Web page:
Education, re-training and entrepreneurship must be key priorities if Pacific Islanders are to be winners in the changing nature of work Labour’s latest Future of Work paper has found.
“The Pasifika and Future of Work paper released today shows Pacific people have real opportunities but also challenges in the coming years as the nature of work changes,” says Grant Robertson, Chair of Labour’s Future of Work Commission.
“With 46 per cent of jobs in New Zealand likely to disappear in the next two decades it is essential that government makes sure the transition is a positive one by planning properly and ensuring Pacific people are a full part of the new economy.
“Pacific communities have a higher rate of unemployment, poverty levels and lower incomes than the general population. It’s essential that the benefits of the Future of Work don’t pass them by.
“Pacific people are overrepresented in occupations the most at risk of becoming redundant as work changes, such as labouring and machinery operations. Many of these people have no post-school education which is why Labour’s Working Futures policy is so important to help them re-train for new jobs,” says Grant Robertson.
“Education, from early childhood to post-school education and ongoing training should be targeted to the individual to help them make the right choices in the new economy,” says Labour’s Pacific Island Affairs spokesperson Su’a William Sio.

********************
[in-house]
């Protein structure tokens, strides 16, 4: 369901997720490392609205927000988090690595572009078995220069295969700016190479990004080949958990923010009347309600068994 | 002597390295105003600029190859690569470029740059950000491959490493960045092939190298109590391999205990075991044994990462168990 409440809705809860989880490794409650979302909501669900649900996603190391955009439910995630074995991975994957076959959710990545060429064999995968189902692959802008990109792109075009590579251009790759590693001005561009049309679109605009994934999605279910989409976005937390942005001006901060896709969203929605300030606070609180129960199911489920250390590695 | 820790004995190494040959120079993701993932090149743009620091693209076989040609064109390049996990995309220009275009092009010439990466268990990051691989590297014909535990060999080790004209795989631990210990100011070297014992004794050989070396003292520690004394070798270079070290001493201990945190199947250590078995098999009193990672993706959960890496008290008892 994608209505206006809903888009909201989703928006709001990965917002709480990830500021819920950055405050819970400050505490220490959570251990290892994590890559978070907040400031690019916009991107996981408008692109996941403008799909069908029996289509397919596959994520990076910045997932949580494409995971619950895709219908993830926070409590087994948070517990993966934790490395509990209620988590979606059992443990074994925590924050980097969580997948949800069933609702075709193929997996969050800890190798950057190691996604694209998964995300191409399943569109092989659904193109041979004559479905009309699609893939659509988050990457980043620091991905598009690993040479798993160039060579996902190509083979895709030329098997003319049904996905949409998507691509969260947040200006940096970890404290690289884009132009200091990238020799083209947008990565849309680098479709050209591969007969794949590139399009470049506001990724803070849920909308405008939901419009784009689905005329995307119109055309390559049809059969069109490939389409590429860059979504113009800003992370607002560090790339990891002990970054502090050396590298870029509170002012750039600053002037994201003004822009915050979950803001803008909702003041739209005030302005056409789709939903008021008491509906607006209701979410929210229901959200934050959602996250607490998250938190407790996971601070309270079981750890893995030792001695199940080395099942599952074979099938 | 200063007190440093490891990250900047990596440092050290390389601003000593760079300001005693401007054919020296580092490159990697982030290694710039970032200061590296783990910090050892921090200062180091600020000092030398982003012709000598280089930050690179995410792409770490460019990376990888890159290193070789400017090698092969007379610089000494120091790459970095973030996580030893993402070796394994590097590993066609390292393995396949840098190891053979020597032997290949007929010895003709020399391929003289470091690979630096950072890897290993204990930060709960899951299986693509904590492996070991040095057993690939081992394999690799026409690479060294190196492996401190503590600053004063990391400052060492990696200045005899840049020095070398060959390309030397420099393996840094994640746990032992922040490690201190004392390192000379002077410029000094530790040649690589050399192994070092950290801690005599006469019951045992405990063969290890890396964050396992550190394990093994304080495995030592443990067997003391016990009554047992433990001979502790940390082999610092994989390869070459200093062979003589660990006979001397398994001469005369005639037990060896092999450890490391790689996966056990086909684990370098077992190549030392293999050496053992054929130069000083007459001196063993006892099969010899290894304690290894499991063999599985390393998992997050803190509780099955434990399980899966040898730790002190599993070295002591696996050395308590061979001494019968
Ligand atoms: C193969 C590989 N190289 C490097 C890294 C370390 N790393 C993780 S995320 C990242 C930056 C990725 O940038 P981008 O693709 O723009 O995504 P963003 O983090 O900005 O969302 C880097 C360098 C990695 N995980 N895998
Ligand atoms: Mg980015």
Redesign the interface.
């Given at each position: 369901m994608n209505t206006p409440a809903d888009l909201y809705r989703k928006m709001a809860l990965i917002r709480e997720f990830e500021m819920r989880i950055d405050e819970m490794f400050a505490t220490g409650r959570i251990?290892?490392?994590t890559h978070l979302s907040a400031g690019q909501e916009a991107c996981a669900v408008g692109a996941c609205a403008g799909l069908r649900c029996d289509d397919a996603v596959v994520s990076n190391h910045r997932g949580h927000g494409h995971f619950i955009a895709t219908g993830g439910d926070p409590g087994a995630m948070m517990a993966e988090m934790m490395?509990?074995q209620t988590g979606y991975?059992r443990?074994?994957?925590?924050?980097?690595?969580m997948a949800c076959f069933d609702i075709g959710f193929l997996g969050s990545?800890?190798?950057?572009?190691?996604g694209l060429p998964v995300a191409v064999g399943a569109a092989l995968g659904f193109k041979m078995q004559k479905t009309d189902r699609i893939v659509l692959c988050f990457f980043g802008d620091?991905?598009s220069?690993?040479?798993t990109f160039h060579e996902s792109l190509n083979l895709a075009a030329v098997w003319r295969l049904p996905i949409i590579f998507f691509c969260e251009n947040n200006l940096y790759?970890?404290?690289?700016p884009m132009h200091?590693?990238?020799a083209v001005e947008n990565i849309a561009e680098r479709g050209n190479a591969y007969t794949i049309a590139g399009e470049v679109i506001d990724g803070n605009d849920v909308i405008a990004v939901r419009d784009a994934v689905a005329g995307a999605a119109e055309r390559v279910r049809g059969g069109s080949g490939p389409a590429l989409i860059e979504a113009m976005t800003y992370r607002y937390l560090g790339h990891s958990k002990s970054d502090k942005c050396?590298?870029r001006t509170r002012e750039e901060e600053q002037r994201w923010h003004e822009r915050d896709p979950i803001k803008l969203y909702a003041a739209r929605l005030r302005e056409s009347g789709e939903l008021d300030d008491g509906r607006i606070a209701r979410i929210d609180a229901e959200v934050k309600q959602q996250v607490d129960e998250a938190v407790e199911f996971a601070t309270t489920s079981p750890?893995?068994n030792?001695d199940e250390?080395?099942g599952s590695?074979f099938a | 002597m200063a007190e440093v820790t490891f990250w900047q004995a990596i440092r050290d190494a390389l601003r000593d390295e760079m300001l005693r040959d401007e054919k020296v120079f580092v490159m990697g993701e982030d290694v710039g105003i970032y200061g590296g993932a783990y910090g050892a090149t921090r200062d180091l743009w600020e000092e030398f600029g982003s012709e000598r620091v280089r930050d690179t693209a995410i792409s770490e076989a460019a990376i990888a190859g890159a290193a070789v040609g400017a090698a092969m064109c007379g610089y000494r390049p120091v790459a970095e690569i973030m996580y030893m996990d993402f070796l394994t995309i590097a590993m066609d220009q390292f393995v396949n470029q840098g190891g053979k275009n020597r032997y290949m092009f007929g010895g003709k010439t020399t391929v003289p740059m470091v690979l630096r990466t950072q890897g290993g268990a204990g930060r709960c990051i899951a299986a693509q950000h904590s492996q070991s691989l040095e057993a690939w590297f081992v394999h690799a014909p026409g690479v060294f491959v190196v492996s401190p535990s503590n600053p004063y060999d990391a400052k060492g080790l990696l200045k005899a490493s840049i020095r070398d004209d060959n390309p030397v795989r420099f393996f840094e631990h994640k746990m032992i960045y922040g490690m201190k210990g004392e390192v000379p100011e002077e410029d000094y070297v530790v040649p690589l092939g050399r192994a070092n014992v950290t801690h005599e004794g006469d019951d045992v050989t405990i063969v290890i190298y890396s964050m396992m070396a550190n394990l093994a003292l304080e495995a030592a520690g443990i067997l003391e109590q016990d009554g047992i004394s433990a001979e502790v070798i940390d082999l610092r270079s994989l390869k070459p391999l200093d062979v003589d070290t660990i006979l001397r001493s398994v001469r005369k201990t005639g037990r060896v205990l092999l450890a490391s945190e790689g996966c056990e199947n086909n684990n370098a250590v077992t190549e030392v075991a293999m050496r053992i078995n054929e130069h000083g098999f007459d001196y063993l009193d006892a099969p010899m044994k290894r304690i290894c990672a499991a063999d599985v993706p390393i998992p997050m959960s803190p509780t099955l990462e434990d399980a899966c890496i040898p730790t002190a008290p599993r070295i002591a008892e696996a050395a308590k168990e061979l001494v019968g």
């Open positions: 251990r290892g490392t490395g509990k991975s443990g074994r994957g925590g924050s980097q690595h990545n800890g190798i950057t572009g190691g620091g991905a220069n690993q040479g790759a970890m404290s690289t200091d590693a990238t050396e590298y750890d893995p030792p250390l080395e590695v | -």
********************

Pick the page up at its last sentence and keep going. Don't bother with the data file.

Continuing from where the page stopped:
“It’s also important to boost the level of self-employment and business ownership among Pasifika from its low level of just 1.6 per cent. It is essential that we work to understand and address the barriers to business ownership.
“Many Pasifika languish in the bottom of the socio-economic ladder. We must make the most of the coming changes to fix that. We have to think about what to do today to make a better tomorrow.
"I would like to see our community use this paper to debate and generate ideas that will help create a new vision for a prosperous and thriving Pasifika community proudly making Aotearoa New Zealand their permanent home,” says Su’a William Sio.
The paper can be found here.